The Department of Justice announced that it had brought criminal charges against dietary supplement manufacturer USPlabs and arrested several of the firm's corporate officers. The Justice Department's actions resulted from a yearlong effort, which focused on the dietary supplement market that is causing increasing concern among health officials across the United States.
Since November 2014, the Department of Justice (DOJ), the Food and Drug Administration (FDA), and other federal partners, including the Internal Revenue Service (IRS) and the Federal Trade Commission, have been pursuing civil and criminal cases against more than 100 manufacturers and marketers of dietary supplements.
The Department of Defense and the U.S. Anti-Doping Agency also participated in the sweep to unveil new tools to raise awareness and understanding of the risks that unlawful dietary supplements pose to consumers. The agencies' primary focus and attention has been on assisting service members targeted by illegitimate athletic performance supplements.
In each case, the Justice Department, or one of its federal partners, alleges that a large number of companies are selling weight loss and dietary supplements that contain ingredients other than those listed on the product label. Additional accusations contend that companies are selling products that make disease treatment or health claims, though they lack verifiable scientific evidence and have no proof of the product's effectiveness.
On Tuesday, an 11-count indictment was unsealed against USPlabs LLC, a Dallas firm, which formerly manufactured highly popular workout and weight loss supplements. USPlabs is known for its widely accepted and bestselling weight loss and workout supplements, sold under names like Jack3d and OxyElite Pro.
The indictment charges USPlabs and S.K. Laboratories Inc., based in Anaheim, California, and their operators with a variety of charges related to the sale of those products. Criminal charges -- including various counts associated with the unlawful sale of dietary supplements -- were brought against USPlabs CEO Jacobo Geissler, 39, president Jonathan Doyle, 37, Matthew Hebert, 37, and a number of others. Additionally, Geissler, Doyle and Hebert of USPlabs are charged with obstruction of an FDA proceeding and conspiracy to commit money laundering.
Four of the defendants were arrested on Tuesday, and the other two are expected to surrender to authorities. Along with the arrests, FDA and IRS-CI special agents seized assets in dozens of investment accounts, Texas real estate, and a number of sports and luxury cars.
A section of the indictment reads as follows:
"USPlabs engaged in a conspiracy to import ingredients from China using false certificates of analysis and false labeling and then lied about the source and nature of those ingredients after it put them in its products."The indictment declares that USPlabs told some of its wholesalers and retailers that the dietary supplement manufacturer used natural plant extracts in products called Jack3d and OxyElite Pro, when in fact the company was using a synthetic stimulant manufactured in a Chinese chemical factory.
Allegations also include that USPlabs sold some of their products without determining whether they would be safe for consumers. In fact, the indictment noted, the defendants knew of studies that linked their products to liver toxicity. However, they sold them to consumers anyway.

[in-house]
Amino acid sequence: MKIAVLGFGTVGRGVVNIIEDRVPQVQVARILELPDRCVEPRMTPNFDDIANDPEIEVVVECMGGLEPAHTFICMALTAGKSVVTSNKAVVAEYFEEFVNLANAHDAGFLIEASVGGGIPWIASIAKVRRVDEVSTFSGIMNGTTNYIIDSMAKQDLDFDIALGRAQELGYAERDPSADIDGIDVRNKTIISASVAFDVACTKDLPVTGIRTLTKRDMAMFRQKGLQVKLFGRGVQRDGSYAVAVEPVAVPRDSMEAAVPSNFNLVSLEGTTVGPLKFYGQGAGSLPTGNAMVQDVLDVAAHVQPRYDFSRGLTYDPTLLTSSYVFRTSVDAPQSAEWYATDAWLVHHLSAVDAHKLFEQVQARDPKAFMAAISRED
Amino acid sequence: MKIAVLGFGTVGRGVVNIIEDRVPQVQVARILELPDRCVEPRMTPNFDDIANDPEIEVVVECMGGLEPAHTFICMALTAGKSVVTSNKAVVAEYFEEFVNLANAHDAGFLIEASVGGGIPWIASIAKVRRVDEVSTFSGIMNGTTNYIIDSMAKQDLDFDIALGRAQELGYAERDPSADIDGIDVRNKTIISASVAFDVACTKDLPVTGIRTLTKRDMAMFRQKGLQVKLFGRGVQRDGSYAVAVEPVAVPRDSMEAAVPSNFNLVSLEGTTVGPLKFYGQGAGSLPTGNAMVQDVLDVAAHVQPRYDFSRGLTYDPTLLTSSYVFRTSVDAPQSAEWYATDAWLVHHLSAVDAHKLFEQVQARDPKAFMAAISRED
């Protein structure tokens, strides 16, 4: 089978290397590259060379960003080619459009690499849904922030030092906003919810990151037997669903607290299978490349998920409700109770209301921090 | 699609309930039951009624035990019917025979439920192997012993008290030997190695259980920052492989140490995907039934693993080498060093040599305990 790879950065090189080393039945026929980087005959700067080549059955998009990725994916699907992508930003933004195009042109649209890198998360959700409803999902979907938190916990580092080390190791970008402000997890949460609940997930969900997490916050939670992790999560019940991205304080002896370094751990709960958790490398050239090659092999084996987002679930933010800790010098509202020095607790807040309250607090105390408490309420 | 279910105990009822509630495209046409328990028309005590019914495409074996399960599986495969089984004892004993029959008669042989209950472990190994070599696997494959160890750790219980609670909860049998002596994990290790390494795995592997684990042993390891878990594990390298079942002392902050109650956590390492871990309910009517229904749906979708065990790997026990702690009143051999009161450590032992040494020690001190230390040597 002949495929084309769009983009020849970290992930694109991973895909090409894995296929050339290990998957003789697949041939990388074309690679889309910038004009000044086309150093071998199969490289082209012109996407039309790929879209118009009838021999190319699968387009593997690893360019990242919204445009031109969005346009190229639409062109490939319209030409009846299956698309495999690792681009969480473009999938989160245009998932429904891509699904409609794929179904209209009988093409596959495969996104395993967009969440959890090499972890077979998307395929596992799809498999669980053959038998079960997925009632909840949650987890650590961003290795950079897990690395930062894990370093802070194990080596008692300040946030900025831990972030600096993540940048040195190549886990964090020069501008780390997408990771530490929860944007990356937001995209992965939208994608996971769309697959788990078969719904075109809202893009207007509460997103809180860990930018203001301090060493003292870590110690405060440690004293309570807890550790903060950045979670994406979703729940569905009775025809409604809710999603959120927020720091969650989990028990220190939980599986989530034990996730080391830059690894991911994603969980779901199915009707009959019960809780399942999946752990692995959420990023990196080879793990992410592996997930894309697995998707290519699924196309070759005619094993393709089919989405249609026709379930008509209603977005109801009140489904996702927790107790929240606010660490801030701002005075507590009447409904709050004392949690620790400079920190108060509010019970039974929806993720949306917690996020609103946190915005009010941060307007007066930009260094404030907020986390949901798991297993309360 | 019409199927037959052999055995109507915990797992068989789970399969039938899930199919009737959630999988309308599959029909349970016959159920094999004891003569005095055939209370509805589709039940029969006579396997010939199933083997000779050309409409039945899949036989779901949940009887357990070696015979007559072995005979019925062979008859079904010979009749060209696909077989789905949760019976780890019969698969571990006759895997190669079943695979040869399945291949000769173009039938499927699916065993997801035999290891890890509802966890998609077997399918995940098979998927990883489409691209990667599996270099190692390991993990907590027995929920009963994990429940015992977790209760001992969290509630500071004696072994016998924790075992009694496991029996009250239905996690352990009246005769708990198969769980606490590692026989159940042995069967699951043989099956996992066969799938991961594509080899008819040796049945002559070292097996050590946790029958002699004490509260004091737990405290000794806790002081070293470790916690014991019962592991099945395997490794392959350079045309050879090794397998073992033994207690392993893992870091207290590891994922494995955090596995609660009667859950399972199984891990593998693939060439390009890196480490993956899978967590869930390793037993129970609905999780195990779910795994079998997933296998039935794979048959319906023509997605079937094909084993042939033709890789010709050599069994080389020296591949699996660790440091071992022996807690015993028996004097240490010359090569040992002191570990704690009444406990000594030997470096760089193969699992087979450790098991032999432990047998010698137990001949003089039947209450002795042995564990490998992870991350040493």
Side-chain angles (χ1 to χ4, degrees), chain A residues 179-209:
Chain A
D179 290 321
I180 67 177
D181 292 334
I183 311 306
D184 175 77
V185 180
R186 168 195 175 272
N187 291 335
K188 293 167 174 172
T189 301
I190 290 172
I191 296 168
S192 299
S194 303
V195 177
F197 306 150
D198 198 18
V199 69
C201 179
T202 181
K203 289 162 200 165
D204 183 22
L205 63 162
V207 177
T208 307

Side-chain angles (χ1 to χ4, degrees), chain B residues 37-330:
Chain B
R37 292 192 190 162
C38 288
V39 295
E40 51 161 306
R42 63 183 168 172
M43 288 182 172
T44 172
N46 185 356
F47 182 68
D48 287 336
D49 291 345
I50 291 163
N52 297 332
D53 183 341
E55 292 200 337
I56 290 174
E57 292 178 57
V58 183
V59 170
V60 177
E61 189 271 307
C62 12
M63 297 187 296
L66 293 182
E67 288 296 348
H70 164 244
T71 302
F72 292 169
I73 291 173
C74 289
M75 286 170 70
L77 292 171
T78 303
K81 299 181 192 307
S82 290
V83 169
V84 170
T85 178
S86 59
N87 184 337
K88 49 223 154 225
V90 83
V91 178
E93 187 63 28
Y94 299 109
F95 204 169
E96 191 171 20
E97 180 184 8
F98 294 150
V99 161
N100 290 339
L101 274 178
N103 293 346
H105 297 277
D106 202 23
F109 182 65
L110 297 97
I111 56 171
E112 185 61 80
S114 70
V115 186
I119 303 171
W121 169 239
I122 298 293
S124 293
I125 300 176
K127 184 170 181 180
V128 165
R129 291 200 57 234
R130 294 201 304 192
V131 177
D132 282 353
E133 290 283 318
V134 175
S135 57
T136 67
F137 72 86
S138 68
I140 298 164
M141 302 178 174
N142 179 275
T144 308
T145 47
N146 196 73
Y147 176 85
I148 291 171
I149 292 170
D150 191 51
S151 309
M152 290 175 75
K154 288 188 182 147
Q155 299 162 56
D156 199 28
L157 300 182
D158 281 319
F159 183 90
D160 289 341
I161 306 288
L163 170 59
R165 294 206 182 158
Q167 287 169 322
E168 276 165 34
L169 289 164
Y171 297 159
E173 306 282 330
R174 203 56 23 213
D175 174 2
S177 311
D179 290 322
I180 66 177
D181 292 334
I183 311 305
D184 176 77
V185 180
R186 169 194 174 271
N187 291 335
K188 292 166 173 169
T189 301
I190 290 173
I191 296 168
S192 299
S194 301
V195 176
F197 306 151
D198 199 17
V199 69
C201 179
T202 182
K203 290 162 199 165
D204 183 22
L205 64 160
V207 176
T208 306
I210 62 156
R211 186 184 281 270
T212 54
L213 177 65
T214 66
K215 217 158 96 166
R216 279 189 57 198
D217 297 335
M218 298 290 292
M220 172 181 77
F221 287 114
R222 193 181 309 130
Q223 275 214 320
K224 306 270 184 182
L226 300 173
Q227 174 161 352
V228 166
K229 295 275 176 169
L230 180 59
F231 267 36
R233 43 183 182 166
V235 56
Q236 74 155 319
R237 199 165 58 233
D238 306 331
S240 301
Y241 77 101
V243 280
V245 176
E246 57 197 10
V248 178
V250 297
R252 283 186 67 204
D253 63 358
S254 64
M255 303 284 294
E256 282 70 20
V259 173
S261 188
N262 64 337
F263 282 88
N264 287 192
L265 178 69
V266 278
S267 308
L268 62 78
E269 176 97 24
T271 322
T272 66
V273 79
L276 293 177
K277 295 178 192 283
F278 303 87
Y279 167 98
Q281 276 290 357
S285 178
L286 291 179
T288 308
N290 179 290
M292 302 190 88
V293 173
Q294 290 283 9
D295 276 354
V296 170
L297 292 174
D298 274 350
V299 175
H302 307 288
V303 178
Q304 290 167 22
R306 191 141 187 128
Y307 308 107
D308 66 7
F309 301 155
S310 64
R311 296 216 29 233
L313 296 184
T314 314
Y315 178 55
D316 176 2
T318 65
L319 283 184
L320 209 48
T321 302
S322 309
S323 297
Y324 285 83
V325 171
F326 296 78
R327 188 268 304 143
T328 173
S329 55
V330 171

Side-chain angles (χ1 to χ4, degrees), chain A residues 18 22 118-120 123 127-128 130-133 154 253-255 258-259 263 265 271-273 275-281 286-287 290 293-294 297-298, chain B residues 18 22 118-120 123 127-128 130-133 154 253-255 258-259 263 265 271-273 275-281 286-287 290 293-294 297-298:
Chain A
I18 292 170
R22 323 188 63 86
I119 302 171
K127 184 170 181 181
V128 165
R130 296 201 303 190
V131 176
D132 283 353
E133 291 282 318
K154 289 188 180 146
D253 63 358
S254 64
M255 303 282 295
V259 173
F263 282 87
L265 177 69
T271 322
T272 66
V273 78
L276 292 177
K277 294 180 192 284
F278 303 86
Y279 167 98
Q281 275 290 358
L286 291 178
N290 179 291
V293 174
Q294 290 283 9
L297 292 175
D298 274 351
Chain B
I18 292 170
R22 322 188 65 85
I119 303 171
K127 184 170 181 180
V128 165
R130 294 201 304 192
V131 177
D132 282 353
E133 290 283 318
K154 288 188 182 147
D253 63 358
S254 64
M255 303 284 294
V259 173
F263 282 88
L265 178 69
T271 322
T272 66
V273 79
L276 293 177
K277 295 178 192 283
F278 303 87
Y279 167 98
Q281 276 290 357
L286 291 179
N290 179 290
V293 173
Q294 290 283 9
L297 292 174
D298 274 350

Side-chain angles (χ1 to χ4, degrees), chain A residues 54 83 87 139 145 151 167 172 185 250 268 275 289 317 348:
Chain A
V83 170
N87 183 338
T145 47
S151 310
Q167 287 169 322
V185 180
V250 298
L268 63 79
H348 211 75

Further allegations cited in the indictment allege that in October 2013, USPlabs and its principals told the FDA that it would stop selling of OxyElite Pro after the product was found to cause an outbreak of liver injuries.
However, despite the company's promise, USPlabs engaged in a sneaky, "all-hands-on-deck effort to sell as much OxyElite Pro" as the company could and as quickly as possible. USPlabs actually sold the product as a dietary supplement in stores across the nation.
Deputy Commissioner Sklamberg noted how important this latest sweep is for consumers.
"This joint agency effort is a testament to our commitment to protecting consumers from potentially unsafe dietary supplements and products falsely marketed as dietary supplements. The criminal charges against USPlabs should serve as notice to industry that if products are a threat to public health, the FDA will exercise its full authority under the law to bring justice."Tuesday's press release by the U.S. Department of Justice includes a comment made by Principal Deputy Assistant Attorney General Mizer concerning the recent criminal charges against the dietary supplement firms.
"The Justice Department and its federal partners have joined forces to bringing to justice companies and individuals who profit from products that threaten consumer health. The USPlabs case and others brought as part of this sweep illustrate alarming practices the department found—practices that must be brought to the public's attention so consumers know the serious health risks of untested products."The allegation and charges in the indictments are accusations, and the defendants are presumed innocent unless and until proven guilty. Nevertheless, the FDA continues to warn consumers about the risks associated with some over-the-counter products, falsely marketed as dietary supplements, which contain hidden active ingredients that could be harmful.
In the last year, the government agency has warned consumers of more than 100 products found to contain hidden active ingredients. These products are often sold for weight loss, bodybuilding, and sexual enhancement. Buyer, beware!
[Photo Illustration by Christopher Furlong/Getty Images]